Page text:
It’s time to assess our container gardens. Jotting down notes now – plants maturing magnificently and those performing poorly, designs that are satisfying and those that disappoint – will keep you from making similar mistakes next year. I’ll share mine if you share yours.
I am pleased with this grouping. I have already picked a few ripe tomatoes from the dwarf tomato plant and it is loaded with ripening fruit. The nasturtiums are rambunctiously spilling over the edge, and I have cut loads of beet foliage to enjoy in salads.
I am not satisfied with this collection of containers. The Swiss chard and kale behind the dill did not keep pace with the rest of the plants, and their large leaves were to contribute a strong backdrop. I should have planted another cabbage in front of the other two – odd numbers always create a better design.
On the bright side, the dill has hosted the miraculous transformation of caterpillar to butterfly. And I have picked blueberries, raspberries, mint and thyme while eggplants, onions, tomatoes and carrots continue to grow.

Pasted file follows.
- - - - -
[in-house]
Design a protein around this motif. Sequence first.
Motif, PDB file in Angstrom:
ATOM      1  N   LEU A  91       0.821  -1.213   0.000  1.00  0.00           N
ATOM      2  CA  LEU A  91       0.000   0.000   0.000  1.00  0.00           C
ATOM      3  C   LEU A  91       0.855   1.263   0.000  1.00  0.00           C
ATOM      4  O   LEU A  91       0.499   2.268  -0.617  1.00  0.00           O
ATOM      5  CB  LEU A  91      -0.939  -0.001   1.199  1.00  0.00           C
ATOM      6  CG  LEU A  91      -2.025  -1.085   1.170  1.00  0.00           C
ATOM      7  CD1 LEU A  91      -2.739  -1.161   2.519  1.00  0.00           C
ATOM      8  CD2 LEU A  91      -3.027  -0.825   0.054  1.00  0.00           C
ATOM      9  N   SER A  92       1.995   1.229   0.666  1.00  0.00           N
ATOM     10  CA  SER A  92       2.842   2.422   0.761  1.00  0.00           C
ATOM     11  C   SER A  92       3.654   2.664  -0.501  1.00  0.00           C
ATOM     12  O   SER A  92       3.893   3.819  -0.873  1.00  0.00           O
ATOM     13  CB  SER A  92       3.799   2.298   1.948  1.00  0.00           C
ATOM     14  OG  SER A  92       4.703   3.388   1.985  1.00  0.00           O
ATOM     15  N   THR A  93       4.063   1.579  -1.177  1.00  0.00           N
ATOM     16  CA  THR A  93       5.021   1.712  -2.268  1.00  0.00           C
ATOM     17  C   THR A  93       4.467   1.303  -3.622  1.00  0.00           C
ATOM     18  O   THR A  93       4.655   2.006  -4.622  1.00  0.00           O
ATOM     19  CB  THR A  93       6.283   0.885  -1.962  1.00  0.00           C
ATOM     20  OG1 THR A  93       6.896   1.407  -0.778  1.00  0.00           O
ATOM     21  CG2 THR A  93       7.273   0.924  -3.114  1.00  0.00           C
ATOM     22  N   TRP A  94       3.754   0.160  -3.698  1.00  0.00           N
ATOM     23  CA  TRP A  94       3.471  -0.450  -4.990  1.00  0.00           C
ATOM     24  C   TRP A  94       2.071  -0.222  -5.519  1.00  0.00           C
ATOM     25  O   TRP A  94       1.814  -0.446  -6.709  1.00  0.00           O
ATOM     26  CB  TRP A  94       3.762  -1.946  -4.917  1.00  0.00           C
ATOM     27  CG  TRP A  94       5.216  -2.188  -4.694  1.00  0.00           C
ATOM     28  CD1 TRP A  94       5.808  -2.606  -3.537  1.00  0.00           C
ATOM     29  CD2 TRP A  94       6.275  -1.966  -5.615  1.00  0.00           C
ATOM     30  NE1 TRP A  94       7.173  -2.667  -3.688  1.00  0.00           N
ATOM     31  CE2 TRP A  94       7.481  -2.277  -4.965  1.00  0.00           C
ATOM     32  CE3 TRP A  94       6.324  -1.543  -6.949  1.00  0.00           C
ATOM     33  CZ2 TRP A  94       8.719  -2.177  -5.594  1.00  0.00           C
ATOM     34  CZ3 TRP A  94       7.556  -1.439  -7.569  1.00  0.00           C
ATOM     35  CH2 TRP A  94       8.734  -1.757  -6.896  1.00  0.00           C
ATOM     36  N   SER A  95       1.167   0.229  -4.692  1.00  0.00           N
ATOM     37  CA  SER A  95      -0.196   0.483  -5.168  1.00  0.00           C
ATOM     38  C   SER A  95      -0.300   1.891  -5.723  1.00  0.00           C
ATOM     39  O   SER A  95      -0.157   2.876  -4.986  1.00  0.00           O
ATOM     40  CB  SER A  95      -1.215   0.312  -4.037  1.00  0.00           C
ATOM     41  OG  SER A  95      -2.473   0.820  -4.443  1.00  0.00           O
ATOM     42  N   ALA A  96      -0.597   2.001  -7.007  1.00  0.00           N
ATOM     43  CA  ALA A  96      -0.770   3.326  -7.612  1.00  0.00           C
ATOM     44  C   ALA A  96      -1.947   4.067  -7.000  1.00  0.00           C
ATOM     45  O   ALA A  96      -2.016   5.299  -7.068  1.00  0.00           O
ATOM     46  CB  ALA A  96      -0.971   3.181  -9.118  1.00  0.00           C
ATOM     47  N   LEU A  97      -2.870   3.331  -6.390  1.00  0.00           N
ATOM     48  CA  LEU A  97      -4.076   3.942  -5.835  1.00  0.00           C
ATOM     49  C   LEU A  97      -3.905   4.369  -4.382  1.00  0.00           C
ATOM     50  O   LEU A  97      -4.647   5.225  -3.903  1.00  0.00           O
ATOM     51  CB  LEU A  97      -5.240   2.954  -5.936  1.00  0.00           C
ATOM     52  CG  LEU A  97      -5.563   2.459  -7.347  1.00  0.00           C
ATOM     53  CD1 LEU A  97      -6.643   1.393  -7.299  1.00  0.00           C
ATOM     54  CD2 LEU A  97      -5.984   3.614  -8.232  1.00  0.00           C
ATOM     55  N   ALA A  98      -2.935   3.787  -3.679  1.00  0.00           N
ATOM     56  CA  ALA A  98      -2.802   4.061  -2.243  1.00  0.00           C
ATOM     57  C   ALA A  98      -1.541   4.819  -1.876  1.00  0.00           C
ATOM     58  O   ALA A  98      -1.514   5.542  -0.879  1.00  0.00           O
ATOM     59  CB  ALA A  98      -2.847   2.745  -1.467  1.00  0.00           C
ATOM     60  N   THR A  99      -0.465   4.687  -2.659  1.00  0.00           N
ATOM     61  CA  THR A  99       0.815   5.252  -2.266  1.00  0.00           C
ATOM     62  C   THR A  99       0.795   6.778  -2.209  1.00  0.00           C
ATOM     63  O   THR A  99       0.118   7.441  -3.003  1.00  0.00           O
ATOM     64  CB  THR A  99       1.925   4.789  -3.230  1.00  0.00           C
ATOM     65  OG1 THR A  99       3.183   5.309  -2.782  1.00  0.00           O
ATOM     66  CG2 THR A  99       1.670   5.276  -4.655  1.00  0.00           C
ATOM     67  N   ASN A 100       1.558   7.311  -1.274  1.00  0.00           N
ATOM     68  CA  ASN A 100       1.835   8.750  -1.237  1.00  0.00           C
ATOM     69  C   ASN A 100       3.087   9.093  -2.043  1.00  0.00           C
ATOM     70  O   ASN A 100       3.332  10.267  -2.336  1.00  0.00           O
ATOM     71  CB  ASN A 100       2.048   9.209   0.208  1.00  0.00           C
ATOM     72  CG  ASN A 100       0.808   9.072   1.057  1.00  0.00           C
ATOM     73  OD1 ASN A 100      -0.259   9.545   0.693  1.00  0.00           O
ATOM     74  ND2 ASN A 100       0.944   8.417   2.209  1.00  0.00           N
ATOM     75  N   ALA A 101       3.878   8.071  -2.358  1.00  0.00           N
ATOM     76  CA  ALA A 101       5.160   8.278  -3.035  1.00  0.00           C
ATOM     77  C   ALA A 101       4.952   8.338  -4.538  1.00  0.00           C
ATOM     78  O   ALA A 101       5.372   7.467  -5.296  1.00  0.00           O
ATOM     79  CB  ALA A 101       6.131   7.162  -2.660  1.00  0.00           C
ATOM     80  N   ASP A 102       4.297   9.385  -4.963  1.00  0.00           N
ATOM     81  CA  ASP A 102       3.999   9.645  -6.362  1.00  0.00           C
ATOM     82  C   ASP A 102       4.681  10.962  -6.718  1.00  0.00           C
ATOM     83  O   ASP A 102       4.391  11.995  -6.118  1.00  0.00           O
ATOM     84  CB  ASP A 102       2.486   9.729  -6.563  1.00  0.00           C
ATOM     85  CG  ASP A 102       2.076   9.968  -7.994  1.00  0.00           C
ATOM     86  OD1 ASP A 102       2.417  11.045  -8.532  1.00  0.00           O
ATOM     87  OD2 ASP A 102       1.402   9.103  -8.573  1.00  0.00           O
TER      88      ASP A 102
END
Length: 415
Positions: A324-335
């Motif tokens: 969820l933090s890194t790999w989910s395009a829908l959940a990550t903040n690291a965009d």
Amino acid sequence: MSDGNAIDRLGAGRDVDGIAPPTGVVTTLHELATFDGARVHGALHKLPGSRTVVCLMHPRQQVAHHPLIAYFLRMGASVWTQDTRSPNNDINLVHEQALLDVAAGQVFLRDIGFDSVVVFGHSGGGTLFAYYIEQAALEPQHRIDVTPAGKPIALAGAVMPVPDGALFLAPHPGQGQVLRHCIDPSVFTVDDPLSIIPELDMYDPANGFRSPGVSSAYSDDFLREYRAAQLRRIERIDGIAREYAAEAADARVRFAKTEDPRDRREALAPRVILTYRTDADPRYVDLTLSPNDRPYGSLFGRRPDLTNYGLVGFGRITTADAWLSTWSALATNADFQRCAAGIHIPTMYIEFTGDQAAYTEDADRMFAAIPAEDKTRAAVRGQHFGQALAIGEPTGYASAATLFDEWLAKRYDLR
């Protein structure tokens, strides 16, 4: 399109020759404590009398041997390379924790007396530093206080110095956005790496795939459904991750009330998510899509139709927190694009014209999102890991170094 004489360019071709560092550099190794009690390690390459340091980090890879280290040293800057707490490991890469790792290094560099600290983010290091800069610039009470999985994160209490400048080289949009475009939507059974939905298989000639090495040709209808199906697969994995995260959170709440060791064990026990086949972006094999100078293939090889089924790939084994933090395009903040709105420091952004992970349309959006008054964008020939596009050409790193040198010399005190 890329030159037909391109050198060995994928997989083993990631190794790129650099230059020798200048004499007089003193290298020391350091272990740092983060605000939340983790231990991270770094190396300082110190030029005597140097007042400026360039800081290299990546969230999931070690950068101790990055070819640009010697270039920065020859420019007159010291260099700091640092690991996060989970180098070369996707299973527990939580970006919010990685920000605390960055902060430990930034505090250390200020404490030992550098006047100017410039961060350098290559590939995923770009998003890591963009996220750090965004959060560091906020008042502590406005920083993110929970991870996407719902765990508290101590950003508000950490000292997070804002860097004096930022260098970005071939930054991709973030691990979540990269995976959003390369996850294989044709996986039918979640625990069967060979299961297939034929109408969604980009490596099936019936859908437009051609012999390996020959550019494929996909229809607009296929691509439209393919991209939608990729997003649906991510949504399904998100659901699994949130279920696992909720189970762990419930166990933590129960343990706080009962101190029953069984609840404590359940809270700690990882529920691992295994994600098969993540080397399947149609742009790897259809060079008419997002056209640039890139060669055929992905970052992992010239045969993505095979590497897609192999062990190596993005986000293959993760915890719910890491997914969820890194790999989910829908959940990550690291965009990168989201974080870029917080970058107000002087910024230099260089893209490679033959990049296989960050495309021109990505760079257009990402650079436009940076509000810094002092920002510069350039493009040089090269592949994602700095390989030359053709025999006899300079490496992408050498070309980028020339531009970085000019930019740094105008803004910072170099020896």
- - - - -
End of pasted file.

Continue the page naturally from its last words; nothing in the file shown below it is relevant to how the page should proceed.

The kohlrabies were harvested from this pot, so broccoli, basil and sage were planted to take their space.
The purple pots by the front door have filled in nicely. The lavender impatiens are blooming machines – no signs of downy mildew yet. The Swiss chard is the backbone of the planting; the foliage of the Rex begonia adds interest; and the impatiens and sweet potato vine vie for attention.
The raised garden, once ruled by a hosta, is now showing off Rex begonias and impatiens while the sweet potato vines spill to the ground in a riot of chartreuse.
The hosta still dominates the backside of the raised garden and is flanked by coleus.
The ferns have grown beautifully creating a relaxing corner on the front porch. It’s a great place to read or relax with a glass of lemonade at the end of the day.
The window boxes are my favorite. The plants have grown even better than anticipated, and the colors and textures are fabulous (if I do say so myself).
How are your containers doing? Has summer heat enhanced their flowers and foliage or has it toasted them? Grab your camera and garden journal, head out to the garden, and evaluate your containers. Share your successes (or not so successes) and garden with me!